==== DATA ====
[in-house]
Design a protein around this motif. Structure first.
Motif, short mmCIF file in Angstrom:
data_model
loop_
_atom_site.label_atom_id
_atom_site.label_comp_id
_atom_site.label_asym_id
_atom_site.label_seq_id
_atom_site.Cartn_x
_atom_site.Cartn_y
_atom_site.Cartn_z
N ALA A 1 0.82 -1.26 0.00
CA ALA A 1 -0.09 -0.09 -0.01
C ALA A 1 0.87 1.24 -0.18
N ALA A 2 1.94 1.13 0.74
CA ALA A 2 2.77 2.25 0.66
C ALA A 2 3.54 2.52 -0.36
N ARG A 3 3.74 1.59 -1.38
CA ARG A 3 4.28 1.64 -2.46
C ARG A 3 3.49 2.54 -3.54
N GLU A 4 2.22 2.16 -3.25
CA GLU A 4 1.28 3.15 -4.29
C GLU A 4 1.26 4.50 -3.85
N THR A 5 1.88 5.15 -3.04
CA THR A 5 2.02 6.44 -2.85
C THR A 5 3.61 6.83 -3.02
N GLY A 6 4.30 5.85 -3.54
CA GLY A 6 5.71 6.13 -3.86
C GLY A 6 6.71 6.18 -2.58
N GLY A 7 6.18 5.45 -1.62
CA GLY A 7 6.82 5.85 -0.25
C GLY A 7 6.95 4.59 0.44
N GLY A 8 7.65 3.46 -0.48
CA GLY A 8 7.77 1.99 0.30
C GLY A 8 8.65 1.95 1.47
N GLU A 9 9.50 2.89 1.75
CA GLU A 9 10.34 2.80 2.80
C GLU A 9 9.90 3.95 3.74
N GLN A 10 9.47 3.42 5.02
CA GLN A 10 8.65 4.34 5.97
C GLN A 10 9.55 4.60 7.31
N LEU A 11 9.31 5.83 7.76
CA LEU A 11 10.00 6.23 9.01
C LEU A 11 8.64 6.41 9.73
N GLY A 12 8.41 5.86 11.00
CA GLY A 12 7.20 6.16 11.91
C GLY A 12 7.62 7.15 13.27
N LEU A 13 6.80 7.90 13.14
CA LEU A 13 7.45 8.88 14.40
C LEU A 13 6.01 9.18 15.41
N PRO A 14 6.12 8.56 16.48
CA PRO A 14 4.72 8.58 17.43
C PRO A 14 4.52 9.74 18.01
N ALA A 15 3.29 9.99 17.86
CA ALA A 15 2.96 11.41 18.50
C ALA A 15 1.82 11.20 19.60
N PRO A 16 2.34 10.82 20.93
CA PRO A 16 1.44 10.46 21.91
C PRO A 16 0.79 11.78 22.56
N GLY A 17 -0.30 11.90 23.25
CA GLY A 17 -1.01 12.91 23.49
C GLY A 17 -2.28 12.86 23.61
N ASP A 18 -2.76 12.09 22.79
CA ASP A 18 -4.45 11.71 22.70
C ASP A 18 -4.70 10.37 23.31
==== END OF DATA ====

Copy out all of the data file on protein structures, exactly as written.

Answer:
[in-house]
Design a protein around this motif. Structure first.
Motif, short mmCIF file in Angstrom:
data_model
loop_
_atom_site.label_atom_id
_atom_site.label_comp_id
_atom_site.label_asym_id
_atom_site.label_seq_id
_atom_site.Cartn_x
_atom_site.Cartn_y
_atom_site.Cartn_z
N ALA A 1 0.82 -1.26 0.00
CA ALA A 1 -0.09 -0.09 -0.01
C ALA A 1 0.87 1.24 -0.18
N ALA A 2 1.94 1.13 0.74
CA ALA A 2 2.77 2.25 0.66
C ALA A 2 3.54 2.52 -0.36
N ARG A 3 3.74 1.59 -1.38
CA ARG A 3 4.28 1.64 -2.46
C ARG A 3 3.49 2.54 -3.54
N GLU A 4 2.22 2.16 -3.25
CA GLU A 4 1.28 3.15 -4.29
C GLU A 4 1.26 4.50 -3.85
N THR A 5 1.88 5.15 -3.04
CA THR A 5 2.02 6.44 -2.85
C THR A 5 3.61 6.83 -3.02
N GLY A 6 4.30 5.85 -3.54
CA GLY A 6 5.71 6.13 -3.86
C GLY A 6 6.71 6.18 -2.58
N GLY A 7 6.18 5.45 -1.62
CA GLY A 7 6.82 5.85 -0.25
C GLY A 7 6.95 4.59 0.44
N GLY A 8 7.65 3.46 -0.48
CA GLY A 8 7.77 1.99 0.30
C GLY A 8 8.65 1.95 1.47
N GLU A 9 9.50 2.89 1.75
CA GLU A 9 10.34 2.80 2.80
C GLU A 9 9.90 3.95 3.74
N GLN A 10 9.47 3.42 5.02
CA GLN A 10 8.65 4.34 5.97
C GLN A 10 9.55 4.60 7.31
N LEU A 11 9.31 5.83 7.76
CA LEU A 11 10.00 6.23 9.01
C LEU A 11 8.64 6.41 9.73
N GLY A 12 8.41 5.86 11.00
CA GLY A 12 7.20 6.16 11.91
C GLY A 12 7.62 7.15 13.27
N LEU A 13 6.80 7.90 13.14
CA LEU A 13 7.45 8.88 14.40
C LEU A 13 6.01 9.18 15.41
N PRO A 14 6.12 8.56 16.48
CA PRO A 14 4.72 8.58 17.43
C PRO A 14 4.52 9.74 18.01
N ALA A 15 3.29 9.99 17.86
CA ALA A 15 2.96 11.41 18.50
C ALA A 15 1.82 11.20 19.60
N PRO A 16 2.34 10.82 20.93
CA PRO A 16 1.44 10.46 21.91
C PRO A 16 0.79 11.78 22.56
N GLY A 17 -0.30 11.90 23.25
CA GLY A 17 -1.01 12.91 23.49
C GLY A 17 -2.28 12.86 23.61
N ASP A 18 -2.76 12.09 22.79
CA ASP A 18 -4.45 11.71 22.70
C ASP A 18 -4.70 10.37 23.31